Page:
March 27, 2000
Survey of Art History I: Western art from Prehistoric through the Middle Ages
DR Carol Bishop
Comparison of the visual style, religion and beliefs of the Armana period with other periods of ancient Egypt through art images.
For more than a thousand years dynastic Egypt had elaborated its religious rituals and array of gods, raising monumental temples and statues to their sustained glory. The consolidation of dynastic power was partly written in the remarkable degree of artistic continuity that ranges over art and architecture produced during scores of prior Pharaonic reigns. But Akhanaten had a very different idea. He wiped nearly all of it away.
During the Amarna period, the Egyptians did not just tamper with a thousand years' worth of existing temples, palaces, statues and monumental reliefs. Akhenaten started from scratch. But this overhaul was, perhaps, essential in order to reflect a cataclysmic change (Knight)
One effect of this new period is the relaxation of the Egyptian preoccupation with death and the hereafter and a correspondingly greater concern with life on earth. This change is reflected on a different attitude toward the representation of the human figure. Artists aimed for a new sense of life and movement (Gardners' P. 91)
The temples in Armana were markedly different. Traditional temples (Image 1) had a series of chambers leading to a holy center where carved statues of the gods were kept. Because the god Aten was the sun disk, the temples dedicated to him (Image 2) had no roof, so the sun's rays could shine in. (Rauzi). The depiction of the sun's rays reaching into the inner courtyard of a temple shows that buildings were treated three-dimensionally. Previously restricted interior spaces and palaces as well as the activities that took place within them were open to the viewer for the first time in Amarna (Fred, Markowitz, and D'Auria P. 121).
All these new temples, tombs and palaces meant an abundance of new art. Concurrent with the religious changes there was dramatic shift in artistic style. The stiff, square-shouldered physiques became softened and, in some cases, even paunchy. Some facial features became more naturalistic, but also more stylized. This was expressed in swelling, curvilinear forms; their long fostered naturalistic tendencies, thus far confined largely to the representation of animals, were extended not only to the lowly human figure but, to nobility as well (Gardner's 91). A colossal statue of Akhenaten, about seven feet tall, is a striking example because it retains the standard frontal pose, but the epicene body, with its curving contours and the long, full lipped face, heavy lidded eyes, and dreaming expression shows that the artist rendered him with all the physical irregularities that were part of the Pharaoh's physical appearance. This was unthinkable during the old Pharaohs (Image 3) In the preceding kingdoms to the Amarna period, the continued reproduction of block or square statues portraits was a very much used pattern (Image 4).
The art of sculpture in Armana reached a new height. The severe and constricted stylization of the Old Kingdom and the bitter realism of the Middle Kingdom were replaced with a courtly style combining a sense of nobility with a careful attention to delicate detail. Begun in the reigns of Hatshepsut and Thutmose III, this style reached an innovation in the time of Amenhotep IV that was never again equaled in Egypt. The portraits of their rules were infused with grace and sensitivity, as were depictions of the nobility.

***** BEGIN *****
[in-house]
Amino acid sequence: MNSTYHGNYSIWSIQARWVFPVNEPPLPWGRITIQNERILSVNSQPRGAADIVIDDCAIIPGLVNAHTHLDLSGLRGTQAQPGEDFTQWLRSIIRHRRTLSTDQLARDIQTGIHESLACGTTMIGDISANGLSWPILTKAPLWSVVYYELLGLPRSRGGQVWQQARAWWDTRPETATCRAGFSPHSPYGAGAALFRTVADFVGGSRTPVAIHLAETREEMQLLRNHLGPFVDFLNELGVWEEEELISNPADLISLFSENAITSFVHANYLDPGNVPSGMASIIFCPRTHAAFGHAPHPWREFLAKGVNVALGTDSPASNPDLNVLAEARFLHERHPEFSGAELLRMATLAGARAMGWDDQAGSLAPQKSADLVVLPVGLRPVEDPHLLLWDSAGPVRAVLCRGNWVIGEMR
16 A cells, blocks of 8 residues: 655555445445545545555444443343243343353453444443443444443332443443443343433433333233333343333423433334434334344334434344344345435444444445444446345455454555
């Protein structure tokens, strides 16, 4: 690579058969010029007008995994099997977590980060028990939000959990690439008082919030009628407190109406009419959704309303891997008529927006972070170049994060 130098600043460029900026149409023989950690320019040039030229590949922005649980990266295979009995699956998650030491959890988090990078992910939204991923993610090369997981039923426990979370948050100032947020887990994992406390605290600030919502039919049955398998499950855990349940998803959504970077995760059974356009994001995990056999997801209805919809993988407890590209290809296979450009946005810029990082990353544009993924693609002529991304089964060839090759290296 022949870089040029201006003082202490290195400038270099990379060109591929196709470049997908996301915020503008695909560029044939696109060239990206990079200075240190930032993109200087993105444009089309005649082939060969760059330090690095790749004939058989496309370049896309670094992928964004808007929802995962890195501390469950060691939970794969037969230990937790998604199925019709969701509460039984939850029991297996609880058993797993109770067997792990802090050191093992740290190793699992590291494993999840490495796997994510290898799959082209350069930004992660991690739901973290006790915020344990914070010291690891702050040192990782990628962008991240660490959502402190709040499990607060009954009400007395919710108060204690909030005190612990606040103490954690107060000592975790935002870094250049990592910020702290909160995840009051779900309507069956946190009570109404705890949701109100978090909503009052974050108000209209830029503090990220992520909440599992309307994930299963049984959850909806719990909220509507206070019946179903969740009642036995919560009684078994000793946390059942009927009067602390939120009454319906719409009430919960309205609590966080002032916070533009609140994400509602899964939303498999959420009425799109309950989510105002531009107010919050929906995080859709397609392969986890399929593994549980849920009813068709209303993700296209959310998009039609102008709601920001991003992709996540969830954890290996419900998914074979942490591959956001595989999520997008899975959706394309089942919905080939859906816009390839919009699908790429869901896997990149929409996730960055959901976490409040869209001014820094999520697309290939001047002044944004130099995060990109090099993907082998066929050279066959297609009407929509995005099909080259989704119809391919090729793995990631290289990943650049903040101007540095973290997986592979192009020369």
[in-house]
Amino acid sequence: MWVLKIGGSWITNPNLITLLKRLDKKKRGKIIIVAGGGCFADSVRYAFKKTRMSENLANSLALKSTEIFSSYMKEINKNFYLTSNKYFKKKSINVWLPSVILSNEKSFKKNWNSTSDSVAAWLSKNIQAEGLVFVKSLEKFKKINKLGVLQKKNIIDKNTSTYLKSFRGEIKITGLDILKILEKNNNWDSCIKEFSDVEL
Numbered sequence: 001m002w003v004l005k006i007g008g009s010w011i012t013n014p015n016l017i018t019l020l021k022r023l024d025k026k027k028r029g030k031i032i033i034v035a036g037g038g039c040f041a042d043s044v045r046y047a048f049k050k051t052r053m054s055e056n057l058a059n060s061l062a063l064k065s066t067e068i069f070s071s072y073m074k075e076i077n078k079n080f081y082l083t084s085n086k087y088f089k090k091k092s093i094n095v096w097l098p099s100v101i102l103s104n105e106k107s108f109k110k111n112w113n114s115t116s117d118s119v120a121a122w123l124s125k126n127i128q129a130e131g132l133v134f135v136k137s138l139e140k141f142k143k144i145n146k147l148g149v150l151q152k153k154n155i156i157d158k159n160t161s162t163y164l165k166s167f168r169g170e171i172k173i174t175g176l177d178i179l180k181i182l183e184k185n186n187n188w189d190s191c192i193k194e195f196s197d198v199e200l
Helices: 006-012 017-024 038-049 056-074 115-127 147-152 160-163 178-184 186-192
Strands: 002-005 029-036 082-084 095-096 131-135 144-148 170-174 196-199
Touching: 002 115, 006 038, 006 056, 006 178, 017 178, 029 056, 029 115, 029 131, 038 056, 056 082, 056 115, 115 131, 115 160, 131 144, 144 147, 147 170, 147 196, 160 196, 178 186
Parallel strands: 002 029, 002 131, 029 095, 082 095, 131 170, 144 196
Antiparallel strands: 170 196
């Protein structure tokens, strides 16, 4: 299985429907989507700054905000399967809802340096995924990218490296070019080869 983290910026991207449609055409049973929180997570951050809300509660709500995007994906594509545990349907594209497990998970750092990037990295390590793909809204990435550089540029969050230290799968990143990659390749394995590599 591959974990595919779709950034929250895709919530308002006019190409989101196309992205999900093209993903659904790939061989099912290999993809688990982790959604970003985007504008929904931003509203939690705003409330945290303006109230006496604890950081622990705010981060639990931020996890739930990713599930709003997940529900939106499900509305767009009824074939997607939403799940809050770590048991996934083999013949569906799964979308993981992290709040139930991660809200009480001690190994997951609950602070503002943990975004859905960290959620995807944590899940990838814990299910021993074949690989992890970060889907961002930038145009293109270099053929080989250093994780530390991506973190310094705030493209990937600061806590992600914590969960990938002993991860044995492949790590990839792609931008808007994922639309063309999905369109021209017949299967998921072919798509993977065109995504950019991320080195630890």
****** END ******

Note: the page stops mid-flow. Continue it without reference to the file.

During the Armana period the art of painting came to dominate the decoration of private tombs. The necropolis at Thebes (Image 5) is a rich source of information on the slowly changing artistic tradition as well as vivid illustrations of life at the time.
Another artistic cannon broken during the Amarna period was the depiction of the royal family in domestic settings. Akhenaten and Nefirti play with their children in some carvings and worship in the embracing rays of Aten. The sun's rays actually turn into little hands reaching out to the royal family. (Image 7) This contrasted strongly with the traditional formality in the representation of nobility.
The medium of painting made possible a wider range of expression than sculpture, allowing the artist to create colorful tableaus of life on the Nile. Officials are shown inspecting the exotic tribute brought to Egypt from al parts of the known world. The crafts of the royal workshops are depicted in meticulous detail. Illustrating the production of all manner of objects, from massive sculptures to delicate jewelry. Funerary rites are illustrated from the procession to the tomb to the final prayers for the spirit. One of the standard elements in Armana tomb painting is a representation of the deceased hunting and fishing in the papyrus marshes, pastimes he would have wanted to enjoy throughout eternity (Image 8).
The impact of the decorative impact of the Armana period are best represented in the funerary items from the tomb of Tutankhamen, in which rich material, such as alabaster, ebony, gold, ivory and semiprecious stones, ere combined in objects of extraordinary beauty and artistry. Even the pottery of the New Kingdom partakes of this rich love of decoration, with brilliantly painted surfaces employing mainly floral motifs (Image 9).
From the evidence of tomb paintings and the decorative arts, the Egyptian artist of the Armana period took particular delight in a richly colorful life. In conclusion, the changes introduced during the Armana period by Akhenaten caused a great artistic upheaval that made Egyptian art more accessible to the masses and managed to demistify its rulers much to the chagrin of traditionalists.